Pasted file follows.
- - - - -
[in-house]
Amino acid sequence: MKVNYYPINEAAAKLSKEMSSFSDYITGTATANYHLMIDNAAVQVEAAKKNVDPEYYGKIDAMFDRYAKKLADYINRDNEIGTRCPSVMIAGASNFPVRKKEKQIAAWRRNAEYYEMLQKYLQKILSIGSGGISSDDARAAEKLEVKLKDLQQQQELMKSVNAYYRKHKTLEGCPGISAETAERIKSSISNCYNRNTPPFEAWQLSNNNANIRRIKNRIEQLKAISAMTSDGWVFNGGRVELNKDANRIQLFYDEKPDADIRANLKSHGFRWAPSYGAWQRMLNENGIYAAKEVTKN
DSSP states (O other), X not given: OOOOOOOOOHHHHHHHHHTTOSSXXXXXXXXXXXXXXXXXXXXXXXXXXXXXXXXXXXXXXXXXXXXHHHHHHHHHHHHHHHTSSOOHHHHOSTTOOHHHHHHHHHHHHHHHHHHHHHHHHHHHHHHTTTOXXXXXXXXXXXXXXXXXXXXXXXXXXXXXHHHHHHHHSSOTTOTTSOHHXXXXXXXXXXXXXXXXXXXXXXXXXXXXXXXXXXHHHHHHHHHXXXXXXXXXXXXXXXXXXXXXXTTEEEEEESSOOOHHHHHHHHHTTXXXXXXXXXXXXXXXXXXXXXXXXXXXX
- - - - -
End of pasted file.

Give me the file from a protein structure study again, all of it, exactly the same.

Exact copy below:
[in-house]
Amino acid sequence: MKVNYYPINEAAAKLSKEMSSFSDYITGTATANYHLMIDNAAVQVEAAKKNVDPEYYGKIDAMFDRYAKKLADYINRDNEIGTRCPSVMIAGASNFPVRKKEKQIAAWRRNAEYYEMLQKYLQKILSIGSGGISSDDARAAEKLEVKLKDLQQQQELMKSVNAYYRKHKTLEGCPGISAETAERIKSSISNCYNRNTPPFEAWQLSNNNANIRRIKNRIEQLKAISAMTSDGWVFNGGRVELNKDANRIQLFYDEKPDADIRANLKSHGFRWAPSYGAWQRMLNENGIYAAKEVTKN
DSSP states (O other), X not given: OOOOOOOOOHHHHHHHHHTTOSSXXXXXXXXXXXXXXXXXXXXXXXXXXXXXXXXXXXXXXXXXXXXHHHHHHHHHHHHHHHTSSOOHHHHOSTTOOHHHHHHHHHHHHHHHHHHHHHHHHHHHHHHTTTOXXXXXXXXXXXXXXXXXXXXXXXXXXXXXHHHHHHHHSSOTTOTTSOHHXXXXXXXXXXXXXXXXXXXXXXXXXXXXXXXXXXHHHHHHHHHXXXXXXXXXXXXXXXXXXXXXXTTEEEEEESSOOOHHHHHHHHHTTXXXXXXXXXXXXXXXXXXXXXXXXXXXX